Xinhua: “China Has Right To Demand US Address Debt Problem”

From the Wall Street Journal:

In a biting commentary, [Xinhua] urged the international community to improve supervision over the U.S. dollar and said the world may need “a new, stable and secured global reserve currency to avert a catastrophe caused by any single country.”

“China, the largest creditor of the world’s sole superpower, has every right now to demand the United States to address its structural debt problems and ensure the safety of China’s dollar assets,”

The remarks came after the Standard & Poor’s Friday removed the U.S. government from the list of risk-free borrowers, citing concern about the rising burden of long-term federal debt.

China, with over $1 trillion invested in U.S. Treasurys, is among those that would be most immediately affected by any U.S. default or downgrade.

Continue reading

Advertisements

Vladimir Putin: “America is a Parasite”

Yesterday, I talked about the potential dangers of enacting fiscal and monetary policies that anger creditors. The Chinese government have made it transparently clear that they are unhappy with America’s current monetary policy. Given that America’s economy is very much dependent on China’s manufacturing output, there is a potential for quite a mess.

While Russia is not a manufacturing powerhouse like China, it nonetheless has to hold dollars to access international markets, especially commodities markets such as oil, and precious metals. So it is no surprise that everyone’s favourite post-Soviet despot has made public his feelings on America’s monetary policy:

They are living beyond their means and shifting a part of the weight of their problems to the world economy. They are living like parasites off the global economy and their monopoly of the dollar. If [in America] there is a systemic malfunction, this will affect everyone. Countries like Russia and China hold a significant part of their reserves in American securities. There should be other reserve currencies.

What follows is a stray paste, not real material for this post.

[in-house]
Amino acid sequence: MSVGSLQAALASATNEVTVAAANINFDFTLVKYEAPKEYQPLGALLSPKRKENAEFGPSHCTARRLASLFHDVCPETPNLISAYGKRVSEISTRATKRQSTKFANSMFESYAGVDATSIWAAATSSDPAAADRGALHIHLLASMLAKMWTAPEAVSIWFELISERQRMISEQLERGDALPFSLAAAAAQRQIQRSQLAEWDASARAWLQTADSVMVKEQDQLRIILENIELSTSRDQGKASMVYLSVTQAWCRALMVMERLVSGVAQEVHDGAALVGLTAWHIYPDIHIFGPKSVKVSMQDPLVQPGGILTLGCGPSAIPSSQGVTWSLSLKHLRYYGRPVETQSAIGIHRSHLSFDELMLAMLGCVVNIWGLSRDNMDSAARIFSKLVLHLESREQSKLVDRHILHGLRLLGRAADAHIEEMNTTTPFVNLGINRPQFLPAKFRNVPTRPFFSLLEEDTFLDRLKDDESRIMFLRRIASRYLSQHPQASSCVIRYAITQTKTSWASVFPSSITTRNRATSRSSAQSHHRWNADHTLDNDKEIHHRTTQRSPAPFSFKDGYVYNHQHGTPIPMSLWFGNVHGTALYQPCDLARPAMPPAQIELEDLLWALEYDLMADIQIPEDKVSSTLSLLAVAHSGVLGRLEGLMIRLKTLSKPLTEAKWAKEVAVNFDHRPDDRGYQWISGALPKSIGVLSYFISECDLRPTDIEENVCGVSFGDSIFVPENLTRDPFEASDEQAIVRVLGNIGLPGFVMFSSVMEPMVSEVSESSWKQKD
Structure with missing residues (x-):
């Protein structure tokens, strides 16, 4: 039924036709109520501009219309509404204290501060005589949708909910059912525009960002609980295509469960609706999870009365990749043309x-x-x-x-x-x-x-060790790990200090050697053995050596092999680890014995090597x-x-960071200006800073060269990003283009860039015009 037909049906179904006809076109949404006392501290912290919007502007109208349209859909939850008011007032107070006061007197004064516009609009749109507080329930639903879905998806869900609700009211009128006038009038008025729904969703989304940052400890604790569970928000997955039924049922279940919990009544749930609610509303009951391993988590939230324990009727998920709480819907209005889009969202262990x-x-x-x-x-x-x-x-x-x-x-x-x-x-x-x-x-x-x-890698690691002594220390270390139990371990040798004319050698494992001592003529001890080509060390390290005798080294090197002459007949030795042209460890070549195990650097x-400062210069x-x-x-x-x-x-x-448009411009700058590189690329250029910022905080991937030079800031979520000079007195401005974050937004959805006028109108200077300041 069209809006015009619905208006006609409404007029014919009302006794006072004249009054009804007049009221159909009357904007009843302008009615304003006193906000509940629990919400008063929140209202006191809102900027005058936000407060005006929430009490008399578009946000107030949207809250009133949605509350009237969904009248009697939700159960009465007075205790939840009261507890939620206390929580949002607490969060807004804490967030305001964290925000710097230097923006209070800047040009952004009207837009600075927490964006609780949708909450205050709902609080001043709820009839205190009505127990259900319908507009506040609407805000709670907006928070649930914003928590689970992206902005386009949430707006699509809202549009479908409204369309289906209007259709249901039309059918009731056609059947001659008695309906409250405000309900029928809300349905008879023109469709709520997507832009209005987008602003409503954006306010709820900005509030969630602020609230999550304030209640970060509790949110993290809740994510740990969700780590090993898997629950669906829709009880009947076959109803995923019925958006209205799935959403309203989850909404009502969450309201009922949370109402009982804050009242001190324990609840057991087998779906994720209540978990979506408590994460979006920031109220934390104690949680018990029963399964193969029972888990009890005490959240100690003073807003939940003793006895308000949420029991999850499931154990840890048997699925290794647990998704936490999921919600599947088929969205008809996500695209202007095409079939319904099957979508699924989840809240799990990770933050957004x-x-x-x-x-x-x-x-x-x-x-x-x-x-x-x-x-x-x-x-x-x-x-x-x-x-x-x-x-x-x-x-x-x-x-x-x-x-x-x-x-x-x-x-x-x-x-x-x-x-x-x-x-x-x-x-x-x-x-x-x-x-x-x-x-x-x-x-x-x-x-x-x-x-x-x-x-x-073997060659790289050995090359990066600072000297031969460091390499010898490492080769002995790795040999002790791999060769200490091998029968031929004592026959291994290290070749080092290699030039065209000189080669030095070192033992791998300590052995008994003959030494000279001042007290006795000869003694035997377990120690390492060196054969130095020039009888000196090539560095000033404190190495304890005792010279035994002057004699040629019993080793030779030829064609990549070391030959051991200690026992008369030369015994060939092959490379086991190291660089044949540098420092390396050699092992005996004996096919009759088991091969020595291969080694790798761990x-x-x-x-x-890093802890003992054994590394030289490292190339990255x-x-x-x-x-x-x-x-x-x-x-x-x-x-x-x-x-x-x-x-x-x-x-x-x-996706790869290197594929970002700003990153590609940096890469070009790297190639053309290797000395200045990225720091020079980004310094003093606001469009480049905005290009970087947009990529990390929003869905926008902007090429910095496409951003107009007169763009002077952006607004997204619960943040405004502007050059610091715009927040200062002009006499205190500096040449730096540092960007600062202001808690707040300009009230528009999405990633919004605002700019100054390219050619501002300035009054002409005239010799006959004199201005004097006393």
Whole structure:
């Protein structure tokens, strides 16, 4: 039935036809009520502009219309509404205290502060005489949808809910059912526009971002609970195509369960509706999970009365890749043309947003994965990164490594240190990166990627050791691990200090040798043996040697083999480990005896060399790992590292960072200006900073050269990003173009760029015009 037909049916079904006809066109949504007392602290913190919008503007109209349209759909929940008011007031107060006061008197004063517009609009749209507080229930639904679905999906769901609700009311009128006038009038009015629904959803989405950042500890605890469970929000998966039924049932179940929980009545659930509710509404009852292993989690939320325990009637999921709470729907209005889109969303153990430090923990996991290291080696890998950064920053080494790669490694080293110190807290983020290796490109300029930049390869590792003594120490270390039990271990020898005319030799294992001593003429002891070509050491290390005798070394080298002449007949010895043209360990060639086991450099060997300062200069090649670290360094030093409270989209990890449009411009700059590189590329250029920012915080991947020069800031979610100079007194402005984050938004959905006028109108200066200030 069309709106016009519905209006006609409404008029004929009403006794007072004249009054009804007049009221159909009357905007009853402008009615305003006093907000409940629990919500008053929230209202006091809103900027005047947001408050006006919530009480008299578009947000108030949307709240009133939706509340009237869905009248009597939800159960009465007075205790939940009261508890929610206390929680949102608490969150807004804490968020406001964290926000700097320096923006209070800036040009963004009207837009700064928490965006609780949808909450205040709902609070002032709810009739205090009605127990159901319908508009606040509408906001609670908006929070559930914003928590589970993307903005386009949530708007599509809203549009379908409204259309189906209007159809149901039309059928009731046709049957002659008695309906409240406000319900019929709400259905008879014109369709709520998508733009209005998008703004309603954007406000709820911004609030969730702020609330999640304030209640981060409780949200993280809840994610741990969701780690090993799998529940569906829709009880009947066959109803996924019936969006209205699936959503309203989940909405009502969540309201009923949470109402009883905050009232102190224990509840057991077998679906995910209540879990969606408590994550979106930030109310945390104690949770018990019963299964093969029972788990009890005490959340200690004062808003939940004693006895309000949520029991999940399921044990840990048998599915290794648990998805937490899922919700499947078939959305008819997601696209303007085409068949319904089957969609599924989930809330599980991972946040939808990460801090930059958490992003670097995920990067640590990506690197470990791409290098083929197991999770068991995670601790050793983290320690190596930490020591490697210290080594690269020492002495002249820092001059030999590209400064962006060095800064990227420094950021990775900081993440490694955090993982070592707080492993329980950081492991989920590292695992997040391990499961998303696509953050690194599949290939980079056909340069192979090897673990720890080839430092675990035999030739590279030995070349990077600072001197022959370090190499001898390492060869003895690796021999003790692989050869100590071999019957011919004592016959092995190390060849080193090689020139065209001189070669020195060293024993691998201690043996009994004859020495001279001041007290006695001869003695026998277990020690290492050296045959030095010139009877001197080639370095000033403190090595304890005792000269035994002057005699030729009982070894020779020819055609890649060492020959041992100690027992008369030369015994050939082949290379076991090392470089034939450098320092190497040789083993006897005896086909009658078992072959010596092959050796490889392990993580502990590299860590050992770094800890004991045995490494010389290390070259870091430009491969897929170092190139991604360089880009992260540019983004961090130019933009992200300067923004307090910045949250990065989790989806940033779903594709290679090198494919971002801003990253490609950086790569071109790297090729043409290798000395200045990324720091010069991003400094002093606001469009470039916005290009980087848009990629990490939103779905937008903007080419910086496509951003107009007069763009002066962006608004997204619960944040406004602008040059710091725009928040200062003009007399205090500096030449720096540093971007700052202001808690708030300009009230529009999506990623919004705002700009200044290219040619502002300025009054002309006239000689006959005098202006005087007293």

Will Putin act on those words?

We shall see.

The Problem with Spending

George Monbiot wrote yesterday:

There are two ways of cutting a deficit: raising taxes or reducing spending. Raising taxes means taking money from the rich. Cutting spending means taking money from the poor. Not in all cases of course: some taxation is regressive; some state spending takes money from ordinary citizens and gives it to banks, arms companies, oil barons and farmers. But in most cases the state transfers wealth from rich to poor, while tax cuts shift it from poor to rich.

Is that even true? In an earlier post, I made the case that through the stimulus package, government was stealing from the poor and giving to the rich — predominantly the financial industry. But the problem is far greater in terms of the arms industry. Government defines itself as the legitimate monopoly on violence and defence in most countries: this means that the arms industry’s main (and often only) client is Government. Now, I am not denying that nations should be capable of self-defence. But the modern state transfers massive wealth from poor and middle class taxpayers and into the hands of defence contractors. Let’s look at a great graphic from the War Resisters’ League showing where your income tax really went in 2009:

Continue reading

Why the Debt Ceiling is a Dead Issue.

The Elephant in the Room?

I spent the last three days writing blog posts on economics without ever mentioning the “hot button” issue of the day: the United States Treasury running out of juice, and having to yet again raise its debt limit. For those with a short memory, or a lack of interest, here’s a figure of the U.S. debt, first in absolute terms:

Continue reading